Nomological danglers is a term used by Scottish-Australian philosopher J.J.C. Smart in his article Sensations and Brain Processes. He credits the term to Herbert Feigl and his article The "Mental" and the "Physical". It refers to the occurrence of something (in this case a sensation), which does not fit into the system of established laws. He thinks that systems in which such "nomological danglers would dangle" are quite odd. In his example the nomological danglers would be sensations such that are not able to be explained by the scientific theory of brain processes. Some mental entities for example in a phenomenological field, that are not able to be found (and do not behave in the way that is expected) in physics. In the context Smart uses it, he is criticising dualism and epiphenomenalism as philosophies of mind, and the concerns over physical and causal laws they raise. Smart puts forward his own theory in the form of Materialism, claiming it is a better theory, in part because it is free from these nomological danglers, making it superior in accordance with Occam's Razor.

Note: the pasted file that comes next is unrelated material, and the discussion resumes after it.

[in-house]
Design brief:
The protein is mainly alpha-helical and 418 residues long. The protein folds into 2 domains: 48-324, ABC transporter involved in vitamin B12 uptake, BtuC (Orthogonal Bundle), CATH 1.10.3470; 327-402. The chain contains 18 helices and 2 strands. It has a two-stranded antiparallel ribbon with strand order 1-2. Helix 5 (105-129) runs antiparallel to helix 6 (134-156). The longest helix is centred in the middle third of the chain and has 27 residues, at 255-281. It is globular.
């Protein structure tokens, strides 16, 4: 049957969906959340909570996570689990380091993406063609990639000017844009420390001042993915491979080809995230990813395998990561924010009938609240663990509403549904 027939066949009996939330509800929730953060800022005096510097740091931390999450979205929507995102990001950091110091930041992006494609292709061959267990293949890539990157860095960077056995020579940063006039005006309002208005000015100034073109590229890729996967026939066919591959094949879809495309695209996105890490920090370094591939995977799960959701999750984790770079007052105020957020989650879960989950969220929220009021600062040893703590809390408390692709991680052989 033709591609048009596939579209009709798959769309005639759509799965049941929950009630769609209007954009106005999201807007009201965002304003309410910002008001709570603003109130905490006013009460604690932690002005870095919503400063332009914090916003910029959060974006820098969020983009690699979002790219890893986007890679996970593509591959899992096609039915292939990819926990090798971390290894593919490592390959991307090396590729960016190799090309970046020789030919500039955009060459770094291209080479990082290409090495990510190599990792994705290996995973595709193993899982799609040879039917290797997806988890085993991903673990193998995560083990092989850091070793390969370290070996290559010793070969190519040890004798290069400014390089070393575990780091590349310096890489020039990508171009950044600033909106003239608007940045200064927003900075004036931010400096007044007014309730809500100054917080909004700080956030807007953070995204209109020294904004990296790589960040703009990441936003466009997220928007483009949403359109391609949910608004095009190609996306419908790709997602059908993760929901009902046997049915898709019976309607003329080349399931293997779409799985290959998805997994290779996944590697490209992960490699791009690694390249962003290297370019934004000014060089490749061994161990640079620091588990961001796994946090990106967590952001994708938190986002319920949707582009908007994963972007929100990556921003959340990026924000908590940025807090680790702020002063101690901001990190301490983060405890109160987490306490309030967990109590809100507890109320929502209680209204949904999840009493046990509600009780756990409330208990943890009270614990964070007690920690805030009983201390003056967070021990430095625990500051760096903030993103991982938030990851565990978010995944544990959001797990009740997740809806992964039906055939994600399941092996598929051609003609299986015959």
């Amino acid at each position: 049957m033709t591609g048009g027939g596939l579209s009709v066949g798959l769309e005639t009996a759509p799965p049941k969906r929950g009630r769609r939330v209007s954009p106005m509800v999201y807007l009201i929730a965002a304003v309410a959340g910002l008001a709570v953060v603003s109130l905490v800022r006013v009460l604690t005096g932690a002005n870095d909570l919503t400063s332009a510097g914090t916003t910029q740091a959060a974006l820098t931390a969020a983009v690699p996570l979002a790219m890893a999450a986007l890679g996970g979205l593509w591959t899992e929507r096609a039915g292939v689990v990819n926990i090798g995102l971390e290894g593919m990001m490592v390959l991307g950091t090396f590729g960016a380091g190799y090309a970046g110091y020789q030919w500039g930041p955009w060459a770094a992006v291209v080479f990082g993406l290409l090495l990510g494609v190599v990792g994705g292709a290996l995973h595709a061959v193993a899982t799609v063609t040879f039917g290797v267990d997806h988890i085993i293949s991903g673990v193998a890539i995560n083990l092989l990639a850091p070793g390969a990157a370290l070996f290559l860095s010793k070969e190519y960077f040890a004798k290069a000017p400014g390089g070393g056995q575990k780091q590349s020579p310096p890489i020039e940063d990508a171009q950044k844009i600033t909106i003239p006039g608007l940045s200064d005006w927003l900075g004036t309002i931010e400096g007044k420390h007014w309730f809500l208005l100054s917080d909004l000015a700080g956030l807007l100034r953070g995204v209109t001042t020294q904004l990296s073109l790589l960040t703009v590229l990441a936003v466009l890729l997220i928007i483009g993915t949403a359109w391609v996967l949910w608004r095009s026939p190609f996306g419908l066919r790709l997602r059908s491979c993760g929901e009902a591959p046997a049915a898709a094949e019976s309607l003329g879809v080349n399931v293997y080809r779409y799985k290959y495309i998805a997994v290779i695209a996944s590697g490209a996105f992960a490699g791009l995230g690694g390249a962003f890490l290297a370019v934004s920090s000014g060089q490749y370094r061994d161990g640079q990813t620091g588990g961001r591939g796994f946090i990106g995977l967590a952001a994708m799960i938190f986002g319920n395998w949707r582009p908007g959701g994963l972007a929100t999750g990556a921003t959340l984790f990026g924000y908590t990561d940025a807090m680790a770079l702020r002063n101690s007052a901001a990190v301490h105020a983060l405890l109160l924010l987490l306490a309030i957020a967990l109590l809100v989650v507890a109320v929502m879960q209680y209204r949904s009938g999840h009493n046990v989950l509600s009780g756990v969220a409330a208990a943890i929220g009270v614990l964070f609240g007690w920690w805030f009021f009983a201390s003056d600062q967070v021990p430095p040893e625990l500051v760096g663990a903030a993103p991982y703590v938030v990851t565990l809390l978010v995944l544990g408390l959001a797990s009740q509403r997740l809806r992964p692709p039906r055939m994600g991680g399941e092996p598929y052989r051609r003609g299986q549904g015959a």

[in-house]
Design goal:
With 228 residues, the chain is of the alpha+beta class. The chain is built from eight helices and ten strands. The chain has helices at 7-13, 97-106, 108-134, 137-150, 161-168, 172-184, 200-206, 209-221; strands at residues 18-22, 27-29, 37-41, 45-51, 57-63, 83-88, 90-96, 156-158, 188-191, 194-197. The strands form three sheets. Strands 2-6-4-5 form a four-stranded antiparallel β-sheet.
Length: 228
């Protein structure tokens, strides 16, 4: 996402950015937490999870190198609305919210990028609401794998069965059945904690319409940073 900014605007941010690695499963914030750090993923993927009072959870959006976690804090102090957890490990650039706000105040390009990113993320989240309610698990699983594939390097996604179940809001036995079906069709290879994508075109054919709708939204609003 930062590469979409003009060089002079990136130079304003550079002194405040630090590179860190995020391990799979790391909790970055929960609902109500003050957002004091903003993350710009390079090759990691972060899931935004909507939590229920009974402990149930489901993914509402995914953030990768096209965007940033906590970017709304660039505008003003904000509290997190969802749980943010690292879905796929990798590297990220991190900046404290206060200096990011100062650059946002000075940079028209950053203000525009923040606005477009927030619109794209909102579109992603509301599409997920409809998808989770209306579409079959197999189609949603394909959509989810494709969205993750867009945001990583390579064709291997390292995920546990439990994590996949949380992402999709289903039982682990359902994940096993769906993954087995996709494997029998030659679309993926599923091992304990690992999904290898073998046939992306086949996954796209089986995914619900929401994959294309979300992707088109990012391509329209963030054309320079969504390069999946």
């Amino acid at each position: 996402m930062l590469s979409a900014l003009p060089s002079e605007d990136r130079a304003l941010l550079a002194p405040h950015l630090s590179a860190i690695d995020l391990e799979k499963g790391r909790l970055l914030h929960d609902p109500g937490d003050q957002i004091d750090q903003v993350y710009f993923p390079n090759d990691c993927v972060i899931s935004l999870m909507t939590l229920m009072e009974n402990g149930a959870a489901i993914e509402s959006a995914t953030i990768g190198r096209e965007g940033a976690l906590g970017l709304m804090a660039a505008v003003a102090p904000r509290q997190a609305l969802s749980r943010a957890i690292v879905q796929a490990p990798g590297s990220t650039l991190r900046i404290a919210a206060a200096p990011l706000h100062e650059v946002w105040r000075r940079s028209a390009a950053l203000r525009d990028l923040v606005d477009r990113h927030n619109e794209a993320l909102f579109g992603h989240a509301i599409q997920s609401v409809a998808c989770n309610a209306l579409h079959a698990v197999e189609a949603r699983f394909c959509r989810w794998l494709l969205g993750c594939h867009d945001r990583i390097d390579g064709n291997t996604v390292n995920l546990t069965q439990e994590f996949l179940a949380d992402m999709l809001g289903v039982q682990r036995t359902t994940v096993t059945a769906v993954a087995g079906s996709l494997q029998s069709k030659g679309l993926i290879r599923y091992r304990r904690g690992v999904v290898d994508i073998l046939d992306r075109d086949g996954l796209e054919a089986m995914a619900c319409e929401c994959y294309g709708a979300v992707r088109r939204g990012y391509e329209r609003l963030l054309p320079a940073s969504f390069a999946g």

- H. Feigl, "The 'Mental' and the 'Physical' " in: Minnesota Studies in the Philosophy of Science, II, pp. 370-497
- JJC. Smart, "Sensations and Brain Processes" in: Philosophical Review 68, pp. 141-156
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